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The Pass is also historic, offering some of Colorado's earlier forays onto steep (5.7) rock, a handful of Henry Barber and Lynn Hill testpieces, from the Golden Era of free climbing, and some of Colorado's first rappel-bolted sport routes.
While route activity has dwindled as of late, The Pass continues to thrive as an adventure bouldering area, with plenty of potential for those willing to do a bit of exploring. The highway conveniently bisects most of the granite in the canyon, so most crags are never more than 1-20 minutes from the road.
The Grotto Wall with its landmark route Cryogenics Corner is a great place to get acquainted with Pass rock, a sometimes confounding mixture of compact granite and metamorphized gneiss. Because it's so featured, rock at the Pass lends itself to some very overhanging climbing not typically associated with granite, especially on the left side of the Grotto Wall and at Wild Rock.
Though The Pass is considered a summer area because of its elevation (9,000-11,000 feet), the walls mostly face south and can become blisteringly hot under the high-altitude sun. With some planning, you can stay in the shade all day; or if you're lucky, some clouds will roll in and cool things off.
The road is generally closed a few miles above Aspen from late October through mid-May due to heavy snows. If you think the rock might be dry, you can park down low at the gate and bike up the road, making for a true multi-sport experience.
The beauty of the Pass lies in its variety. I would say there is a nearly perfect 50/50 split between trad and sport climbing, and many of the "sport" climbs require that you place gear anyway. To boot, there is some great bouldering up here. John Sherman's "The Ineditable" being perhaps the most famous (and best) problem on the Pass.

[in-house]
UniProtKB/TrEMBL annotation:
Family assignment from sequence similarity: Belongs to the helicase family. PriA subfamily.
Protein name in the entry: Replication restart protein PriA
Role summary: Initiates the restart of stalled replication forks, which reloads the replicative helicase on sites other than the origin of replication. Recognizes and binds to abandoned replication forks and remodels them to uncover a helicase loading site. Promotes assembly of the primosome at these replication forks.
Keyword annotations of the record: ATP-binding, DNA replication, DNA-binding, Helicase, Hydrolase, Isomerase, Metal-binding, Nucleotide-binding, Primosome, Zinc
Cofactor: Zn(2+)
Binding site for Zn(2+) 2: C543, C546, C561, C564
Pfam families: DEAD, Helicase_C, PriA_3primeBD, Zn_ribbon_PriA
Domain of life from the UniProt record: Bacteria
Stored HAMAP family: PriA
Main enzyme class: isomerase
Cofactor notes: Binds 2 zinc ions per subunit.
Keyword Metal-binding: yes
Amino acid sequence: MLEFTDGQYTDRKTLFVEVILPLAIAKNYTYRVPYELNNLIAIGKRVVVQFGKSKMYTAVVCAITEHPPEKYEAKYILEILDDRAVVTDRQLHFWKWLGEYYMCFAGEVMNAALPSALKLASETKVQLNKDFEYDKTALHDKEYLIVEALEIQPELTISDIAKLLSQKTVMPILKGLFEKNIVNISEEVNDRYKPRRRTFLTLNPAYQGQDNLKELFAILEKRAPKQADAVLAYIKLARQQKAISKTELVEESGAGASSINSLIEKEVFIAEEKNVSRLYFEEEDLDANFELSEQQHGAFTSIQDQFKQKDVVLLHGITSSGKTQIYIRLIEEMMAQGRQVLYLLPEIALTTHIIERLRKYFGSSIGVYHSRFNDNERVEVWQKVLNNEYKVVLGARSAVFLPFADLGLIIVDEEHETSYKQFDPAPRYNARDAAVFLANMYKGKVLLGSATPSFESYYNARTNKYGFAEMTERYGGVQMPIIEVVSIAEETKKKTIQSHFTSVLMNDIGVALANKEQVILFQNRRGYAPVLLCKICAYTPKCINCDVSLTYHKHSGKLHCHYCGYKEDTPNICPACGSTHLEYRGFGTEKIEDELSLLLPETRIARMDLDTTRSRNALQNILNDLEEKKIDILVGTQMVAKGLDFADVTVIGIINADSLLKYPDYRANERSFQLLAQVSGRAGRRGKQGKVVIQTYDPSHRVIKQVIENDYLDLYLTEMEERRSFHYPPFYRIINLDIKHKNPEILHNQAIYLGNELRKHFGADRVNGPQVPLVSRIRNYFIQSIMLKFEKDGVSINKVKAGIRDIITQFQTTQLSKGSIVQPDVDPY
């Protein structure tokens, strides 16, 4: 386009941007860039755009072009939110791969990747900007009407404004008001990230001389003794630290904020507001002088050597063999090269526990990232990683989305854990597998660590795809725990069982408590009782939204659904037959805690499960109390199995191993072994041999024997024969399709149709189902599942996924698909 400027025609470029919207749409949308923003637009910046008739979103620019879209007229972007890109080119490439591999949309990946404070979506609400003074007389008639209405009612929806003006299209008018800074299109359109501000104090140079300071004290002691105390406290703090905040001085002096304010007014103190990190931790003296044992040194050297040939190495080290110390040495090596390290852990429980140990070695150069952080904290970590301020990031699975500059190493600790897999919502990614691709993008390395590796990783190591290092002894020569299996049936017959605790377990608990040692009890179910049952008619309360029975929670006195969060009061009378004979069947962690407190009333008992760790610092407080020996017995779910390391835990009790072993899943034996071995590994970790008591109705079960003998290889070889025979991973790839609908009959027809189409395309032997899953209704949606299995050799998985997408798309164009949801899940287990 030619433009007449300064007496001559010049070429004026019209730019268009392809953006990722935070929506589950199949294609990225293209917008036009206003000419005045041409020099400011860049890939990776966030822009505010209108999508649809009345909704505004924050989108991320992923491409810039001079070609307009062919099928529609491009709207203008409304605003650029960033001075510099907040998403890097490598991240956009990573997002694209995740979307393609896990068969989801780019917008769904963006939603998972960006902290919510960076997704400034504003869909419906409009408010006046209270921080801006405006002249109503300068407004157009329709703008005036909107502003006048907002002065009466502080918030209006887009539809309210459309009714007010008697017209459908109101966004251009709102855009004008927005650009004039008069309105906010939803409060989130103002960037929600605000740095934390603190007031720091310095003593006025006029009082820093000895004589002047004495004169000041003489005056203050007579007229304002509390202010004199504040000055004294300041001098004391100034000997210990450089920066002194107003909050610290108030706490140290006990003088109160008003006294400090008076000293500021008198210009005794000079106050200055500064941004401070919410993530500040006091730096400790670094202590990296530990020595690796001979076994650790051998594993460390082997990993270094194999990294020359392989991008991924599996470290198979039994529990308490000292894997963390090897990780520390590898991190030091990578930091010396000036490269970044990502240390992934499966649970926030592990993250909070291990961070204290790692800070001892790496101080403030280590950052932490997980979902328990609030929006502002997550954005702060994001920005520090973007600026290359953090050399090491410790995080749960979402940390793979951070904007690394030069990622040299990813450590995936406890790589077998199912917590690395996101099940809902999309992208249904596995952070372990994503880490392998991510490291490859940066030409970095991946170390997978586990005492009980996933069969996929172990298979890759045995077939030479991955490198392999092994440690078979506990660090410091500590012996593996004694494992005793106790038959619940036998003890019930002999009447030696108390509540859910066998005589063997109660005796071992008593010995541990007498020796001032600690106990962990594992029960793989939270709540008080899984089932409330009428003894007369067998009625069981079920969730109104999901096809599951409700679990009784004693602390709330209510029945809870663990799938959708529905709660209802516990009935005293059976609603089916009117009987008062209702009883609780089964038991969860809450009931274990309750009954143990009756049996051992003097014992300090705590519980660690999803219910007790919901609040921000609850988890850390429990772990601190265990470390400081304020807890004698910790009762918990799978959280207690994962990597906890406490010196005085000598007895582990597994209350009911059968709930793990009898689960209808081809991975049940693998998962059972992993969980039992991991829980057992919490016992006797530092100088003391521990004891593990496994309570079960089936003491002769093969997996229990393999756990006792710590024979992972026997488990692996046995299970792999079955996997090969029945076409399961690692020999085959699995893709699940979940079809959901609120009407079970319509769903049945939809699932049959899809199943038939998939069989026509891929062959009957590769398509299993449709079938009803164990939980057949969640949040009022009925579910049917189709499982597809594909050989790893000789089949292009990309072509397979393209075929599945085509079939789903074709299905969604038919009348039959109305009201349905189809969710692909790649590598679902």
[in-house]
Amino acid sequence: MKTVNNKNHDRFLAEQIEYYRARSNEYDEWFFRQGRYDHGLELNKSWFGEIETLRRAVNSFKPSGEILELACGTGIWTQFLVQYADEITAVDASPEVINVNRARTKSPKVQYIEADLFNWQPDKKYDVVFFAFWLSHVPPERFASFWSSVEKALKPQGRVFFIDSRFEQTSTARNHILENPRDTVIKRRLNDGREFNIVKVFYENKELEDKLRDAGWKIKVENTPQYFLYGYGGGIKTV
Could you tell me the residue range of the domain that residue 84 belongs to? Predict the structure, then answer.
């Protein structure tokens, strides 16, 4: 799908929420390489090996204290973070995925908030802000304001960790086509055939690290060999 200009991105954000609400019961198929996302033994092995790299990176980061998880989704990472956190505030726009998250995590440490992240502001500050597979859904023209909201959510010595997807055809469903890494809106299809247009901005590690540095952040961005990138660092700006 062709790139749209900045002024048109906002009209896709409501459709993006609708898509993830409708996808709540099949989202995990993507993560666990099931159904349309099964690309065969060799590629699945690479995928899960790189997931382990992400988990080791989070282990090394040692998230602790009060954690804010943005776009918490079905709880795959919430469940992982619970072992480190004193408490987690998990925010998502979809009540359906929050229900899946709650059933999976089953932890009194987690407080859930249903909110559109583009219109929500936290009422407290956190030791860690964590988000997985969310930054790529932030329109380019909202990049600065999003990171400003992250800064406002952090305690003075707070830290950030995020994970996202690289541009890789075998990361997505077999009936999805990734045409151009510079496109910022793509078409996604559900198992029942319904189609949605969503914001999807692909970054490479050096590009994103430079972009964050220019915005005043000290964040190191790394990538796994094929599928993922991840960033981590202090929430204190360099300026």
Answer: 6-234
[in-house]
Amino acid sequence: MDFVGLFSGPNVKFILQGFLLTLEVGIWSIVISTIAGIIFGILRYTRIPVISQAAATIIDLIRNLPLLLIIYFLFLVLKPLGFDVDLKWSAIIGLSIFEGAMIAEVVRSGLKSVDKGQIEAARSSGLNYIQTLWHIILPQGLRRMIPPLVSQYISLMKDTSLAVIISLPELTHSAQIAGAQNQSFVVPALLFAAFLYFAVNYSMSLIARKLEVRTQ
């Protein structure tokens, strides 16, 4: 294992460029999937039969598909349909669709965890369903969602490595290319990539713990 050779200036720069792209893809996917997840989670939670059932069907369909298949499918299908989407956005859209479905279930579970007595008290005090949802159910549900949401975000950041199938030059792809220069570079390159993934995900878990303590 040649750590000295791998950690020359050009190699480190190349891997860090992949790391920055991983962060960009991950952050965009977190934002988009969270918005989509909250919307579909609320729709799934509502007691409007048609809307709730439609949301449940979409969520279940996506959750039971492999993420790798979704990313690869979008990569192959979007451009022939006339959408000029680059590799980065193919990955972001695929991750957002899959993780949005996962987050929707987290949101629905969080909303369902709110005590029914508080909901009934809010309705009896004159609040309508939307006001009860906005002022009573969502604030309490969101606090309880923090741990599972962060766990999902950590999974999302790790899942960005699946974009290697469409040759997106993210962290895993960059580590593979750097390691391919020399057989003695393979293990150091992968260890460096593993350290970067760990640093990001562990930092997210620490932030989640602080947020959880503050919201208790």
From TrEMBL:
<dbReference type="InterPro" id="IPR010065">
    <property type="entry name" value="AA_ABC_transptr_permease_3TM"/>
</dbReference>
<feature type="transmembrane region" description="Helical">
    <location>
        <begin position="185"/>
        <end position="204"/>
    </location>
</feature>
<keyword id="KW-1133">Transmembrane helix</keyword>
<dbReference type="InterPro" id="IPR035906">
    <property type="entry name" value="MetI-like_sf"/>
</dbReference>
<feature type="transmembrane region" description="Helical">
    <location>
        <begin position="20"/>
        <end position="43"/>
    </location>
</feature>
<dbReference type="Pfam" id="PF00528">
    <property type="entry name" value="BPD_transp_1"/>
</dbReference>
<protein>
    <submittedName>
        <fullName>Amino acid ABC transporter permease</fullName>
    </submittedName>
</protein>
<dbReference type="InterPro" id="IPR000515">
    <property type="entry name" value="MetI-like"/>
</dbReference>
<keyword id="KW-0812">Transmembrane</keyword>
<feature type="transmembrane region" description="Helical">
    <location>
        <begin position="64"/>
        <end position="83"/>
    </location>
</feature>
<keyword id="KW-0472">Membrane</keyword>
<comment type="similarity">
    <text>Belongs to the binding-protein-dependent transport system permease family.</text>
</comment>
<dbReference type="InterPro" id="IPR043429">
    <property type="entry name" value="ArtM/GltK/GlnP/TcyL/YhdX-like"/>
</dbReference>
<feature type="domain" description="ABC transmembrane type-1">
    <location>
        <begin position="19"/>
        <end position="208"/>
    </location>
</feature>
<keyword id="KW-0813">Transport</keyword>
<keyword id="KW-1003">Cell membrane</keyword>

While the Grotto Wall offers the highest concentration of routes, most of the crags are more modest in size, typically offering between 5-10 routes each. Thus, you can visit two or three crags in one day and get tons of climbing in.
Addendum: Aspenclimbingguides.com may provide additional local info.
To access Independence Pass from the Twin Lakes side: From I-70 take exit 195 (Copper Mountain/Leadville) onto CO-91 South. CO-91 becomes US-24 as you go through the town of Leadville. Follow US-24E out of Leadville for about 15 miles and turn right onto CO-82 towards Twin Lakes. Once you pass through Twin Lakes the first major crag you will arrive at is Monitor Rock; about 5 miles from Twin Lakes.
Most of the climbing on Independence Pass is found on the Aspen side. The vast majority of these crags are on the left (South) side of the road as you drive up the pass from Aspen, while Lincoln Creek, a valley branching off to the Southeast from the main highway, offers good climbing as well.
Bats - conservation
See a bat on a route, give a shout. Climbers for Bat Conservation is working with climbers to understand bat ecology and why bats choose certain cracks and flakes. If you see bats, and want to tell them, here is their email (firstname.lastname@example.org) and their website (climbersforbats.colostate.edu/).
Climbers for Bat Conservation is a collaboration between climbers, bat biologists, and land managers to understand where bats roost and where large populations may reside. They are interested in finding bats because a new disease, called white-nose syndrome (whitenosesyndrome.org/), has killed millions of bats in North America. This collaboration has identified bat roosts throughout the U.S., and as far away as Norway and Bulgaria. CBC was developed by biologists who climb and they are advocates for climbing access and bat conservation. If you see bats while climbing, please let them know by emailing them at email@example.com, or visiting their website to learn more (climbersforbats.colostate.edu/).
Zoologist, Colorado Natural Heritage Program (sites.warnercnr.colostate.e…)
Director, Climbers for Bat Conservation
Classic Climbing Routes at Independence Pass
Days w Precip